My son, my teacher
When I was 9, my father’s garment business went bankrupt and we left New York City for Connecticut.
“You don’t look Jewish,” the locals would say to my blond sister whenever we told them we had moved from New York. But with dark eyes, dark curls and a “New Yawk” accent, I was never mistaken for a non-Jew.
Soon after arriving, I was chased around the perimeter of my school by kids calling me “kike,” a word I had never heard before. At dinner, I asked my parents what it was, and then I had to tell them why I wanted to know. My mother nearly choked on her flank steak and threatened to go to the school and give them a piece of her mind.
Not the “piece” a fourth-grader would want her mother going to school to share. My father shut down this idea: He was starting a new business and the family didn’t need the attention. I quickly learned that being Jewish wasn’t anything anyone needed to know.
Putting the episode behind me, I nonetheless decided to go incognito as a Jew by avoiding every stereotype. I wore no jewelry and no makeup. I played third base on a softball team. I became an assimilating superhero. The Anti-JAP! I was 100 percent committed to obliterating any ideas the anti-Semites had about Jews, specifically Jewish girls.
When I met my husband, I was still undercover. I lived in a one-room apartment, slept on a futon and mostly ate popcorn from an air popper I kept between my sleeping slab and the TV. I didn’t cook much, but on the plus side, I also didn’t “make reservations,” as the joke about Jewish women and the culinary arts goes. It’s not just the kitchen I was unfamiliar with; I also knew little about what to do with the rest of the house. (Insert bedroom joke here.)
I continued with my Anti-JAP persona through the birth of our two children. When the other moms compared notes on couches, window dressings and thread count, I kept quiet, eating the toddlers’ snacks. I also had nothing to say about hair products, skin products or handbags.
The first time I saw a friend of my son’s carrying a Chloe bag, I remembered passing one like it at Neiman Marcus on the way to the restroom, almost tripping when I doubled back to reread the price tag.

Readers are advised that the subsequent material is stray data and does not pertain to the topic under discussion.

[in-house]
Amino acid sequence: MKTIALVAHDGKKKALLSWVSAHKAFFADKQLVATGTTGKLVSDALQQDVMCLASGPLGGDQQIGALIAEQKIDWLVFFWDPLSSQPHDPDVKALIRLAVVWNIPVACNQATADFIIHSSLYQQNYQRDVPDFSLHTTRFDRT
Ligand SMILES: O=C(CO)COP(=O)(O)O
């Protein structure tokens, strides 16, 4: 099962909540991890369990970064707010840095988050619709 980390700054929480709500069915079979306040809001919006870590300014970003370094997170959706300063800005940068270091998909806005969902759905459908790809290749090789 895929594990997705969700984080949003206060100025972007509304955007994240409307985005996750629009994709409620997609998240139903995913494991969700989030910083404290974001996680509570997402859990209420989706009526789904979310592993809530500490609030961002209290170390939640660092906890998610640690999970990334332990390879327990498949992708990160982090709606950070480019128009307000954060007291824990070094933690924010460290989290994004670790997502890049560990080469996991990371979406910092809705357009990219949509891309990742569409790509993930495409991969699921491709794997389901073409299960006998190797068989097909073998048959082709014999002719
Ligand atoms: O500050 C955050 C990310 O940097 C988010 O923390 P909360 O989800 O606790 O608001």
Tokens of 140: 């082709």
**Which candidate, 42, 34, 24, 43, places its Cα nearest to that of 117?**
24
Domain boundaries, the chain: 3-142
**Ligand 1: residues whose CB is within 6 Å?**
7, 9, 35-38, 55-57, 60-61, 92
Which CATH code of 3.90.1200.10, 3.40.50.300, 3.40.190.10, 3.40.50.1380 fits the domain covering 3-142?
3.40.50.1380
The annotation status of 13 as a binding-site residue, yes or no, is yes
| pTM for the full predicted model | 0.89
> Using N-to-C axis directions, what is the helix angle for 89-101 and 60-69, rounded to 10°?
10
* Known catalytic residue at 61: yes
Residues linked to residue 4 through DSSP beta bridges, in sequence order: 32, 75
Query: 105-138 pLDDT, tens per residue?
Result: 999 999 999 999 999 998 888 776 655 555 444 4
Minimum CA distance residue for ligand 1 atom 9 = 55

This seemingly sane young woman bought a high-end lipstick, gum and wallet carrier that cost as much as my first car.
I casually mentioned it at the next play date.
“That bag cost $2,400!” I yelled after hello.
“Oh, um, hi,” she said, nervously running a hand through her highlighted hair. “I wear it every day, so if you amortize out the cost, it only comes to, like, $5 a day, and it’s totally worth it.”
“Right,” I said, impressed. I’d never used the word amortize in a sentence in my life, and we owned a house.
“Where are you going for spring break?” she asked, eager to change the subject.
I froze. But as the kids reached school age, I was starting to see that this was something we were going to have to do. Not only did we have to do it, I found that after hours and hours of diaper changing, cleaning and never having time to read a book, I wanted an exotic vacation. I wanted to lie on a beach, swim in a warm blue ocean and sip drinks with fruit in them like everyone else on Facebook.
“Is that so wrong?” I screamed — possibly whined — to my husband.
“Of course it’s not wrong,” he said calmly, as he always does. “It’s just so unlike you.”
As the boys continued to grow, there were other material items I lusted after. Like Herschel book bags for school, well-made Italian leather shoes for their growing feet and organic milk. What was happening to me?
Now my older son is a teenager. He’s grown up in Los Angeles, where, fortunately, he never has been teased for being Jewish. He feels absolutely no need to don an Anti-JAP cape. He makes no apology about loving expensive sneakers, soft cotton T-shirts and good food. If you called him a JAP, an expression that, thank God, mostly has been retired, he would stare at me quizzically.
He’s barefaced about his passions and doesn’t even make the connection to any of them being stereotypically Jewish. Last month, he and a friend started a clothing line. I hope somewhere my father is doing a little Tevye dance for his grandson, the burgeoning garmento.
All of this has brought to mind one of the more famous quotes from the Talmud: “When you teach your son, you teach your son’s son.” As parents, we are expected to teach our children, but in this case, it is my sons who are teaching me to take off my Anti-JAP cape, that it’s OK to relax, put my feet up — and maybe even get a pedicure.
Dani Klein Modisett is a comic and writer, most recently of the book “Take My Spouse, Please.”